Some of our more tech oriented readers may remember Project Madison, a technology tool that allows users to collaborate on writing legislation. The Project was first introduced through Representative Darrell Issa (R-Ca.), who also founded the Open Gov Foundation, to involve people in the debate about online piracy legislation. It was eventually successfully used to get input on the Online Protection and Enforcement of Digital Trade Act (OPEN Act), an alternative to the proposed laws known as SOPA and PIPA.
Now, the project has moved out of the federal government and into a fully open source project backed by the Knight Foundation. The foundation will be providing $200,000 in additional funding. “This is another example of our commitment to open government,” Michael Maness, Knight VP of Journalism and Media Innovation tells CivSource. “We were aware the of the project before and began working with them after they set up the foundation.”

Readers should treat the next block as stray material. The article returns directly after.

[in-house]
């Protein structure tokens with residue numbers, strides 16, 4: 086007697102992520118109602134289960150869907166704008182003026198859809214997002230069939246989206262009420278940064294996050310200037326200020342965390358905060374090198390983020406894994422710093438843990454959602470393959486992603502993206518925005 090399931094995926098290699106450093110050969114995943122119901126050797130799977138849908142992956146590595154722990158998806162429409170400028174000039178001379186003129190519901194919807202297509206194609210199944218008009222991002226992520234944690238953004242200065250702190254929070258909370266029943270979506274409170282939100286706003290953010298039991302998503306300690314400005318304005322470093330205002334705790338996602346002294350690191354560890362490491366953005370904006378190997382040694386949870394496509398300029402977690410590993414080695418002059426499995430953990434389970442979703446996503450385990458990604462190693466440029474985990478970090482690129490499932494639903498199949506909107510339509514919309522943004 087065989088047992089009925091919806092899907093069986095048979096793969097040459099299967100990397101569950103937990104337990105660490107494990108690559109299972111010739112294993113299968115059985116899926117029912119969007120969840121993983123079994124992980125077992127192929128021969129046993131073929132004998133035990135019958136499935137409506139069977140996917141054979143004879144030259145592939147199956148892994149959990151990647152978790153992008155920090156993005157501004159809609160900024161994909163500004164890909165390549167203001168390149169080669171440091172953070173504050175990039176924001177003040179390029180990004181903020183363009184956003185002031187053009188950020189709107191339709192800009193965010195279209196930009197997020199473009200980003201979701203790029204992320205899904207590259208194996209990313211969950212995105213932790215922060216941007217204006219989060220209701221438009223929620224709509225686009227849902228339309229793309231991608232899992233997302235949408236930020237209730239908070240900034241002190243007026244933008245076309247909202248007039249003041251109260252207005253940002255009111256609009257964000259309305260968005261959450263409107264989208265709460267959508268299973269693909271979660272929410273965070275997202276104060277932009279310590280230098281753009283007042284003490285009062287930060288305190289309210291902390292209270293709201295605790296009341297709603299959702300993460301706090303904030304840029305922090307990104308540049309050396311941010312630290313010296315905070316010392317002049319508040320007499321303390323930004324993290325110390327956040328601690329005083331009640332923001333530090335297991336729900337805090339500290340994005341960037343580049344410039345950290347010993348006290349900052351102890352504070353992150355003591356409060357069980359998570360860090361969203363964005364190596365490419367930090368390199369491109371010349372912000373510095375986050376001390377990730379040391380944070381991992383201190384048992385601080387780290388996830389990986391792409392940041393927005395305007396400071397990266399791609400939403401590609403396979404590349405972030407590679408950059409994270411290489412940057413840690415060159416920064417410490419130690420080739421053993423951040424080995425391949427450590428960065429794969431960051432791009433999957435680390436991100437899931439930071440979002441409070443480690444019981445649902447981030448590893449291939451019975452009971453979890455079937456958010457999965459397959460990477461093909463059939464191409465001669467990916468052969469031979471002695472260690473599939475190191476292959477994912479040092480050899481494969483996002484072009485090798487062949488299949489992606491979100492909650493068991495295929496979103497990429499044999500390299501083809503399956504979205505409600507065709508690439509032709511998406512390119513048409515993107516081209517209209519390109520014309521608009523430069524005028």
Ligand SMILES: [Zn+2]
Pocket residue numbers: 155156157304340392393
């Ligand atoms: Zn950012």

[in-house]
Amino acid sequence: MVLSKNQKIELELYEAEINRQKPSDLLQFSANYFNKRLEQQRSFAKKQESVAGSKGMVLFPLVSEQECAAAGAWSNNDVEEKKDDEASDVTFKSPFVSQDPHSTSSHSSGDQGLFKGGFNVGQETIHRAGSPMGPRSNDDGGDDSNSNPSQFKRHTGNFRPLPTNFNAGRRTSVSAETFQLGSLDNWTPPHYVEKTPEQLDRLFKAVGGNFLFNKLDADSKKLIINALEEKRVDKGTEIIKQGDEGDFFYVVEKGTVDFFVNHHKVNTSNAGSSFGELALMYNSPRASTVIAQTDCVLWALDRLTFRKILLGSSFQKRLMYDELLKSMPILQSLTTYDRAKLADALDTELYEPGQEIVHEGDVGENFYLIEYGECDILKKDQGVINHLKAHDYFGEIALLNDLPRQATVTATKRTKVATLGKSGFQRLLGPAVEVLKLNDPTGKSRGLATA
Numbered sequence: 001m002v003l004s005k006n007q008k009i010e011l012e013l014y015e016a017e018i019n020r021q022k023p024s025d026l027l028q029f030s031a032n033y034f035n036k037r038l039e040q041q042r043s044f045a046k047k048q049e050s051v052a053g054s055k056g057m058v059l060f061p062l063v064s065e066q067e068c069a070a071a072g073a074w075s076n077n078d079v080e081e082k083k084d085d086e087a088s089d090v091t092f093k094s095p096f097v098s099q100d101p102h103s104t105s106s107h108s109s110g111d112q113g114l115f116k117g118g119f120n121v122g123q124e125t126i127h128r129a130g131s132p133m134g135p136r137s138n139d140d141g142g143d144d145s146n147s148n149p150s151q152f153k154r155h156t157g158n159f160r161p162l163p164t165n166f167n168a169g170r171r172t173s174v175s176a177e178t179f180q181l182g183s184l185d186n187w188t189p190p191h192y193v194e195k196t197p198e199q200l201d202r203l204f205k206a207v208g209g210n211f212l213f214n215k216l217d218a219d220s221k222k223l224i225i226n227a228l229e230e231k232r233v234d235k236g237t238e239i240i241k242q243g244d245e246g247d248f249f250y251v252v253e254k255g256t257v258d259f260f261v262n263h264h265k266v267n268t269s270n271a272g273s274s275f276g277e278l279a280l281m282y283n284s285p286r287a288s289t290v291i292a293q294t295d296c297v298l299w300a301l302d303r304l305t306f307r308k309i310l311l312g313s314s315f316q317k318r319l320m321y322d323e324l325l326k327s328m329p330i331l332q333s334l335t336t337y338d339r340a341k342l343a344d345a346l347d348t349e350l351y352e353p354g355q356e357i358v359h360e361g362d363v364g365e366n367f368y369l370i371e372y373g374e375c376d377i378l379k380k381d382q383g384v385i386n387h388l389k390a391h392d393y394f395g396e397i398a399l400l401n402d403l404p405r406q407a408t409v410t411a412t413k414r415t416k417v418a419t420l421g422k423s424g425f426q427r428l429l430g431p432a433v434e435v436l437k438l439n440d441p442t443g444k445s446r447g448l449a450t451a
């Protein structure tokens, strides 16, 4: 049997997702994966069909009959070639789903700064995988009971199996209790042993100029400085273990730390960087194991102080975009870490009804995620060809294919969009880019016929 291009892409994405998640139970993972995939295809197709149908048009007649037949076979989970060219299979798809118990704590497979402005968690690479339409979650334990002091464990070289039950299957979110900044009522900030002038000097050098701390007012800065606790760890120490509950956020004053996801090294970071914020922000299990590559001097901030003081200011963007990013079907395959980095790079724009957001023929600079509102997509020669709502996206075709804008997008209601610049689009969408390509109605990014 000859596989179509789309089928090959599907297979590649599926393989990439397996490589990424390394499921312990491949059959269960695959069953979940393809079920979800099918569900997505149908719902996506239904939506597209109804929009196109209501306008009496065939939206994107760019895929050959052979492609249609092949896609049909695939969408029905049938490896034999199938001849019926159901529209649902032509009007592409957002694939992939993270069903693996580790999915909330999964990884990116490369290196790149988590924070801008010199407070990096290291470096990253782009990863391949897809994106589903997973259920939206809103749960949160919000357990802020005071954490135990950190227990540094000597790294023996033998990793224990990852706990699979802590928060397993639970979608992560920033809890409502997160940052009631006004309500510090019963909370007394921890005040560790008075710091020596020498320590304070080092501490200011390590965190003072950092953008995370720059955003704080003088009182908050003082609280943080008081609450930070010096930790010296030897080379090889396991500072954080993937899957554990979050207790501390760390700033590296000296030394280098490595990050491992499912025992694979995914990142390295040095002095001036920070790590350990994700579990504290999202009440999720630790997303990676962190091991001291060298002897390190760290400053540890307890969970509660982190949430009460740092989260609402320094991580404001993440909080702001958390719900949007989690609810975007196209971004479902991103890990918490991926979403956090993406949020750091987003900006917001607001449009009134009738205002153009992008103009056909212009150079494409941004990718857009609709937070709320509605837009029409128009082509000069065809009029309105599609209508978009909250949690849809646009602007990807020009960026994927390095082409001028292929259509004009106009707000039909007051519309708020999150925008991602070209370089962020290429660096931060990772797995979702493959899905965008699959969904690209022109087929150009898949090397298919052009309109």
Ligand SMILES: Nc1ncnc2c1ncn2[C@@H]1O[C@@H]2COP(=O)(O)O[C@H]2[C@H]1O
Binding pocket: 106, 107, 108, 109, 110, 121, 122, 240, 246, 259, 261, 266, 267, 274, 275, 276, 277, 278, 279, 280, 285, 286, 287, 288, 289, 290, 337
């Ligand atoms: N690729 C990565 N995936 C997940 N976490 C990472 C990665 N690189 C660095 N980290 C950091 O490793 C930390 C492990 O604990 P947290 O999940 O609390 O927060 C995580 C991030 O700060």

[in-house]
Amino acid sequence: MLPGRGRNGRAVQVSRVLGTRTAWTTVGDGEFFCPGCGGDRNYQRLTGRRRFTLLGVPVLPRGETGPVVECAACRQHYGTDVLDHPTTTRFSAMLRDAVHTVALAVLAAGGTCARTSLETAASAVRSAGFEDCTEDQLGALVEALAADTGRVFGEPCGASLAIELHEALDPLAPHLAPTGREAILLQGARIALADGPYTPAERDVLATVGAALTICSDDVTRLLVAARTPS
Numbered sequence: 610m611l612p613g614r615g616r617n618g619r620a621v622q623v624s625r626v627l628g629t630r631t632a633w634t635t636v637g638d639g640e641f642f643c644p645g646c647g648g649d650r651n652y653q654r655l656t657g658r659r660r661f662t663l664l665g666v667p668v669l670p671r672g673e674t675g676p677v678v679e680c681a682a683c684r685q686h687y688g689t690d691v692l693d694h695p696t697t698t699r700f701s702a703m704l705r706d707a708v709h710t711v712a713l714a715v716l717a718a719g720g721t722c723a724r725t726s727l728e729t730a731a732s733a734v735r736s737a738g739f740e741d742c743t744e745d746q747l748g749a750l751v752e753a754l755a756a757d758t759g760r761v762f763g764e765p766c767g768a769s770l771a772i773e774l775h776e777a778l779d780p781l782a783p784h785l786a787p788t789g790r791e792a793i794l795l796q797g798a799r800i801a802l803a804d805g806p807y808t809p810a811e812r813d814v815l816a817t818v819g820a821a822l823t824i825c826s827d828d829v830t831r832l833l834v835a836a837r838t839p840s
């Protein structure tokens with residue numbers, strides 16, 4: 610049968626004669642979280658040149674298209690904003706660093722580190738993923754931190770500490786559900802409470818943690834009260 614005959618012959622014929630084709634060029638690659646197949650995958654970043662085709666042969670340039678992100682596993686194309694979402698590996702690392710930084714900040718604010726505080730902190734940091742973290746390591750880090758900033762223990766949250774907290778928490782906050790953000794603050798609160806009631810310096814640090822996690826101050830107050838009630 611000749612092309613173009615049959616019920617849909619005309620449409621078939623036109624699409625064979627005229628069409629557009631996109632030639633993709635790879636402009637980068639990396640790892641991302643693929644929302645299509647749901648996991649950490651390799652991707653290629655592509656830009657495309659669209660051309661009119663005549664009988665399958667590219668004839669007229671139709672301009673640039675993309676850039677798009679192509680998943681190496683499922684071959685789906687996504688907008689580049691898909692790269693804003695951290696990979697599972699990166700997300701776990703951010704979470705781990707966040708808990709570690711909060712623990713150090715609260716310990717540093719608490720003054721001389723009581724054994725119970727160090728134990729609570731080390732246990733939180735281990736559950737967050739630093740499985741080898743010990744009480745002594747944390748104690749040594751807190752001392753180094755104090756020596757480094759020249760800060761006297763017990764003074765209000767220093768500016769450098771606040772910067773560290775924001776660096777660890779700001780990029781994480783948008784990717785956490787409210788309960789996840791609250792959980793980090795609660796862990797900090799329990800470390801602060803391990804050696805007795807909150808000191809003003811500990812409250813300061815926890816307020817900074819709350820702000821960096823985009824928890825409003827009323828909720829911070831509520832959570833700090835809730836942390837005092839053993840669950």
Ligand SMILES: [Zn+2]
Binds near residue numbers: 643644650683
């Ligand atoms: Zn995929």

Maness announced the funding at the Knight-sponsored Forum on Communications and Society (FOCAS) hosted by the Aspen Institute, currently underway in Aspen, Colorado.
The funding will expand the tool to two communities where Knight invests and will allow the OpenGov Foundation to combine the web-based tool with in-person events to rally discussion and action around a specific issue, as a way to encourage adoption. It will also expand on OpenGov Foundation’s recent work on MarylandCode.org, a searchable publication of Maryland state laws. A version of Project Madison will be launched in Maryland and Baltimore. Project leader Seamus Kraft says the goal of this first launch is to extend the software to state and local government.
“We recently did six hours of focus groups to get feed back from both tech savvy, and non-technical users that we will then use to build out the project. We will be releasing the raw data as well,” Kraft says.
Kraft was also involved in the Knight Foundation’s recent Open Government News Challenge and says that he got valuable feedback about improving his own civic startup there. “It was great to see people’s presentations, even the ones that got sent back to the drawing board, and get a better understanding of what makes a strong organization.”
Beyond the project launch into Maryland and Baltimore, Kraft says that he will be looking to make new hires and find partners in the future.